Libya militia surrounds city
By McClatchy Newspapers
Published: Monday, Oct. 8, 2012, 6:54 p.m.
Thousands of Libyan security force members and hundreds of militiamen have massed around the Libyan town of Bani Walid in a show of force that underscores how tense and fragile the country's security situation remains.
It has been almost a month since an attack by Islamist militants on the U.S. Consulate in Benghazi killed the U.S. ambassador and three other Americans.
The faceoff at Bani Walid pits militia forces once loyal to deposed dictator Moammar Gadhafi against Libyan security forces and militiamen from Misrata who were critical to the anti-Gadhafi uprising last year. The immediate cause is the Sept. 25 death of a militiaman who helped capture Gadhafi.
Security forces began laying siege to Bani Walid a week ago, demanding that Gadhafi loyalists implicated in the death of Omran Shaban be turned over. The siege has cut off food, water and medical supplies, with local doctors complaining that armed men set up a checkpoint on the main road from Tripoli, the capital, and blocked three vehicles carrying medical supplies, oxygen and medical personnel from reaching the town. Civilians trying to flee the town were prevented from doing so.
Amnesty International, the international advocacy group, last week denounced the cordon around Bani Walid. “It is worrying that what essentially should be a law enforcement operation to arrest suspects looks increasingly like a siege of a city and a military operation,” said Hassiba Hadj Sahraoui, deputy director for the Middle East and North Africa at Amnesty.
Bani Walid was one of the last cities in Libya to capitulate to revolutionary forces after the fall of Gadhafi, and pro-Gadhafi tribes remain influential there. The conflict arose when Shaban and several colleagues from Misrata were sent to Bani Walid in July to help free several journalists from Misrata who'd been abducted by gunmen.
Instead, Shaban, who is widely recognized as the militiaman who found Gadhafi hiding inside a drainage pipe outside the city of Sirte in October 2011, was taken captive. He was shot and allegedly tortured.
Libyan authorities ordered that Shaban's abductors be surrendered, and when a deadline passed with no response from Bani Walid leaders, they called a general mobilization of forces to impose the siege. A new deadline has been set for Wednesday, though many in Bani Walid apparently were defiant and there were reports of fighting Monday, with at least one person killed.
Show commenting policy
TribLive commenting policy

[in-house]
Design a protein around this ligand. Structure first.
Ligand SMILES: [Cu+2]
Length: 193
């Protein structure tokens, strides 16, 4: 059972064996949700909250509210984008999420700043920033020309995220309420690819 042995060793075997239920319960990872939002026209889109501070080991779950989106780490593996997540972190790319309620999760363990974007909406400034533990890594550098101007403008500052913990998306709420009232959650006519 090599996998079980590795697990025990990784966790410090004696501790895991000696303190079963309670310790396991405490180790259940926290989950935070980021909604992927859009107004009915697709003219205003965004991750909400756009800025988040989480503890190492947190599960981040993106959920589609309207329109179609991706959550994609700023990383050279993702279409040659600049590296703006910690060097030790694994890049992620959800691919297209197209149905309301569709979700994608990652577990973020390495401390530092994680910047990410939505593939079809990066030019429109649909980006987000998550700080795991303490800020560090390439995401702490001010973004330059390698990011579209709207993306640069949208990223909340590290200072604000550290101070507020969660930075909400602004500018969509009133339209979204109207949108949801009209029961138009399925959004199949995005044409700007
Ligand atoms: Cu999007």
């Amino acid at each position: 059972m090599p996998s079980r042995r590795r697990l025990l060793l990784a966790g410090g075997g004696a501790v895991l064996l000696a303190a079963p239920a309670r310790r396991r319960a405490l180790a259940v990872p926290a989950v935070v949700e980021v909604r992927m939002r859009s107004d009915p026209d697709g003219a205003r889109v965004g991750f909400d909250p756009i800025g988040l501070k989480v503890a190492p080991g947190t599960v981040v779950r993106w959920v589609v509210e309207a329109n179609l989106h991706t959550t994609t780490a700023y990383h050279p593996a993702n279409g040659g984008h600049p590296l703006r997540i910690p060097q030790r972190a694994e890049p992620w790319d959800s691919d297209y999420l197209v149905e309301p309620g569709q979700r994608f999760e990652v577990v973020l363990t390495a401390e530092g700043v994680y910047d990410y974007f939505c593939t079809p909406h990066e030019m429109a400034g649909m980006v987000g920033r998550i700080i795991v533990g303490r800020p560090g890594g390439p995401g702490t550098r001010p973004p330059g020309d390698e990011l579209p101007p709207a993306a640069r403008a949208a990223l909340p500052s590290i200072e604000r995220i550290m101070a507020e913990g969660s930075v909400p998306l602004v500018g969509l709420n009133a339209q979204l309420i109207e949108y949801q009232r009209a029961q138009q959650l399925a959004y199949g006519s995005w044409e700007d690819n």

You are solely responsible for your comments and by using TribLive.com you agree to our Terms of Service.
We moderate comments. Our goal is to provide substantive commentary for a general readership. By screening submissions, we provide a space where readers can share intelligent and informed commentary that enhances the quality of our news and information.
While most comments will be posted if they are on-topic and not abusive, moderating decisions are subjective. We will make them as carefully and consistently as we can. Because of the volume of reader comments, we cannot review individual moderation decisions with readers.
We value thoughtful comments representing a range of views that make their point quickly and politely. We make an effort to protect discussions from repeated comments either by the same reader or different readers.
We follow the same standards for taste as the daily newspaper. A few things we won't tolerate: personal attacks, obscenity, vulgarity, profanity (including expletives and letters followed by dashes), commercial promotion, impersonations, incoherence, proselytizing and SHOUTING. Don't include URLs to Web sites.
We do not edit comments. They are either approved or deleted. We reserve the right to edit a comment that is quoted or excerpted in an article. In this case, we may fix spelling and punctuation.
We welcome strong opinions and criticism of our work, but we don't want comments to become bogged down with discussions of our policies and we will moderate accordingly.
We appreciate it when readers and people quoted in articles or blog posts point out errors of fact or emphasis and will investigate all assertions. But these suggestions should be sent via e-mail. To avoid distracting other readers, we won't publish comments that suggest a correction. Instead, corrections will be made in a blog post or in an article.
- Guilty verdicts for 3 CIA agents upheld in Italy
- Teen’s death sparks protests across Turkey
- Teen’s death revives Turkish street demonstrations
- Swedish journalist slain in Kabul
- Europe prepares to punish Moscow
- Malaysian military says missing jet changed course
- Pistorius’ former friend tells of fits of anger
- Western-backed Libyan PM removed
- Syrian civil war affects kids the most, U.N. says
- Vanished jet’s wild turn adds to mystery
- In North Korea, voting’s really a breeze: You must vote and you get 1 candidate